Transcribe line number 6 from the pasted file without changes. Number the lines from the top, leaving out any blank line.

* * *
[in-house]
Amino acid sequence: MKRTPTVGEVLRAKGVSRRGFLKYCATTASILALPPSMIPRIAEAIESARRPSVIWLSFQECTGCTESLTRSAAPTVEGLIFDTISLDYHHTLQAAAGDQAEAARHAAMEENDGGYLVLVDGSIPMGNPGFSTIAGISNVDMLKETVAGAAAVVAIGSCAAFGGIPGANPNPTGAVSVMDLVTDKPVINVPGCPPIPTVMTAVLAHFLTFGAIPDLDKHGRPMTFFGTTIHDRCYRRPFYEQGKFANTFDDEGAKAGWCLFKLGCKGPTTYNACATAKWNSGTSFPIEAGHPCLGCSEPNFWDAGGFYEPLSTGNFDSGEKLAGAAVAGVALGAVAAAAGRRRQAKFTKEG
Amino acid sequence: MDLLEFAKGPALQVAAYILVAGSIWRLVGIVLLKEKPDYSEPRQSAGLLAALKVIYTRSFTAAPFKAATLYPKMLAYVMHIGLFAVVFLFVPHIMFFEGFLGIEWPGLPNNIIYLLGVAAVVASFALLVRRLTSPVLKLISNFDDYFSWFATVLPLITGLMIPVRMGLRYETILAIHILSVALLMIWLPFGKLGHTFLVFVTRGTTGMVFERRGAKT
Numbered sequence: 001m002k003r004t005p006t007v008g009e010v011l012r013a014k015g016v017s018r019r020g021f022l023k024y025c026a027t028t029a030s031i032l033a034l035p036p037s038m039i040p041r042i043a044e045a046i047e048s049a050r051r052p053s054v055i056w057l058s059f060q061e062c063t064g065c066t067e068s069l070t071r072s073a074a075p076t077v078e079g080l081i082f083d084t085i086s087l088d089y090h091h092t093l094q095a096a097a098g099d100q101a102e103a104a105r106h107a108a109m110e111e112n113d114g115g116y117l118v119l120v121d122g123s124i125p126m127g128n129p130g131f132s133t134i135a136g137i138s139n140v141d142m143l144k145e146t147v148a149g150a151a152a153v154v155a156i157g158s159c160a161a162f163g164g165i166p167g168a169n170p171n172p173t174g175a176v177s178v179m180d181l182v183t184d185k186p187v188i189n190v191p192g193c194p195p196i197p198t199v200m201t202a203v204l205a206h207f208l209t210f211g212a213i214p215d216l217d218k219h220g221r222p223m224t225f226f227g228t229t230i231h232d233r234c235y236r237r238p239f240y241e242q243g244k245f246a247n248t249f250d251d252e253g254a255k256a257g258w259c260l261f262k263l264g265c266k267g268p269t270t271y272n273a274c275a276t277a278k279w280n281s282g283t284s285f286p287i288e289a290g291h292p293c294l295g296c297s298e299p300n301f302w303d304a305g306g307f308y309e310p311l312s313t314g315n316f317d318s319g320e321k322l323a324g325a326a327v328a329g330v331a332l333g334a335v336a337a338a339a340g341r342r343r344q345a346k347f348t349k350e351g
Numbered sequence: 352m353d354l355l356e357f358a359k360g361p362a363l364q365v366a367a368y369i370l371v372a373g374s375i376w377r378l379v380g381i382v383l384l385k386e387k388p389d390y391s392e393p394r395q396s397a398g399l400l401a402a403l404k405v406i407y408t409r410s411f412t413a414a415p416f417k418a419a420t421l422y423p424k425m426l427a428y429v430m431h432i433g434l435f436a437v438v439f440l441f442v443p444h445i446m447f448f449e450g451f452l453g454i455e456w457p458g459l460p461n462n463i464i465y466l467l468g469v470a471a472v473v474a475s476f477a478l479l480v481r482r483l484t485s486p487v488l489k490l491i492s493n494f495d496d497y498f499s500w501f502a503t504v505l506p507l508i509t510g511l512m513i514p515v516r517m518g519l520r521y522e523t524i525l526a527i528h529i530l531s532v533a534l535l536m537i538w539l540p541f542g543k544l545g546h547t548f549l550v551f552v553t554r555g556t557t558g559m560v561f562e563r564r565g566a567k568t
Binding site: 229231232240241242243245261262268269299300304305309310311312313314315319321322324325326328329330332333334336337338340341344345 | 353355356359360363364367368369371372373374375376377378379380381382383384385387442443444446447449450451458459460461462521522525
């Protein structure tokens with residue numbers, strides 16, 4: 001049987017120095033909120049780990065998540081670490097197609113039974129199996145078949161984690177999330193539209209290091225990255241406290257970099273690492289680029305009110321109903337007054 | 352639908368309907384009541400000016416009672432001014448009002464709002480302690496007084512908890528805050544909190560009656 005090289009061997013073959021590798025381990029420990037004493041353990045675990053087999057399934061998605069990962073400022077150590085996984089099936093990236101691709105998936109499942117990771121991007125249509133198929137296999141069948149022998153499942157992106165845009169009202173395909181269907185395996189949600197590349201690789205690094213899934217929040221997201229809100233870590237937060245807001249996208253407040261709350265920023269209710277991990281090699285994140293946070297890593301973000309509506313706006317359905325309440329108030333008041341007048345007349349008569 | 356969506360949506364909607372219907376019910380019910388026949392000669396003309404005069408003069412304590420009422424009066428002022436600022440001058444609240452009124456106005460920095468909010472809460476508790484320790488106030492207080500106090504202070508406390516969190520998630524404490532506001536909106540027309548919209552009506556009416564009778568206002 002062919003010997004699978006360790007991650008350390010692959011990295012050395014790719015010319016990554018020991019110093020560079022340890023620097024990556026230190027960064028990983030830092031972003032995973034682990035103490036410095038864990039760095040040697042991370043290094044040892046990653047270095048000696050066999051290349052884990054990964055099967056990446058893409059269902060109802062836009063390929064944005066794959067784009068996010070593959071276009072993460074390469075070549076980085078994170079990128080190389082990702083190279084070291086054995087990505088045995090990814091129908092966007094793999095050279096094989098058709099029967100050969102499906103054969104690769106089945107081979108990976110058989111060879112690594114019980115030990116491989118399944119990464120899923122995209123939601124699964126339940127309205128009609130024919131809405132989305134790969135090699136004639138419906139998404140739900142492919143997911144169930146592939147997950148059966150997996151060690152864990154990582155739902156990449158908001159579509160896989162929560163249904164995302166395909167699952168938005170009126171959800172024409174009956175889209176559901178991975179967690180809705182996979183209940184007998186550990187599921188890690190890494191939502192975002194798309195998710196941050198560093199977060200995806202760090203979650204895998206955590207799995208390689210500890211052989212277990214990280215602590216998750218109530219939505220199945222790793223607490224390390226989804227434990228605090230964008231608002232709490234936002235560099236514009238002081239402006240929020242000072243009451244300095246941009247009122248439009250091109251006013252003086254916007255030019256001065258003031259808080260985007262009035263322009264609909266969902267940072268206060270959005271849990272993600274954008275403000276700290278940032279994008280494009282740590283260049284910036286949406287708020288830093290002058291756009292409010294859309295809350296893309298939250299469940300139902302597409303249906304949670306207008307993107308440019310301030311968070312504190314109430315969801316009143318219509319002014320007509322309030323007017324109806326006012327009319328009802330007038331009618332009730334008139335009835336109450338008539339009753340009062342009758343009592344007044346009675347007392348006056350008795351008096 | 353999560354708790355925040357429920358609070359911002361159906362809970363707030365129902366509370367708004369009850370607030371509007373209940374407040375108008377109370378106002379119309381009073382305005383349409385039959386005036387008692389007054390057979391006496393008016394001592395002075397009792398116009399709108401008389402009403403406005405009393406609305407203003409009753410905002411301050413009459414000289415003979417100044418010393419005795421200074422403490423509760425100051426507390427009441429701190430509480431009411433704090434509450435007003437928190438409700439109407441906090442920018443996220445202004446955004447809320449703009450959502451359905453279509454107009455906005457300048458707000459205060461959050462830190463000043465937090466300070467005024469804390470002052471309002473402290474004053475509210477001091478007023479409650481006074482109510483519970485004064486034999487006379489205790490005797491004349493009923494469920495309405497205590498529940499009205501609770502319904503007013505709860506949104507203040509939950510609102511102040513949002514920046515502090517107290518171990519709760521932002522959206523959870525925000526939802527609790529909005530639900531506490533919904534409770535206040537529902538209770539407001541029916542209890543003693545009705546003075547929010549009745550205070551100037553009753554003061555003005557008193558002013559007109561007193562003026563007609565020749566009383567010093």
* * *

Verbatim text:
Binding site: 229231232240241242243245261262268269299300304305309310311312313314315319321322324325326328329330332333334336337338340341344345 | 353355356359360363364367368369371372373374375376377378379380381382383384385387442443444446447449450451458459460461462521522525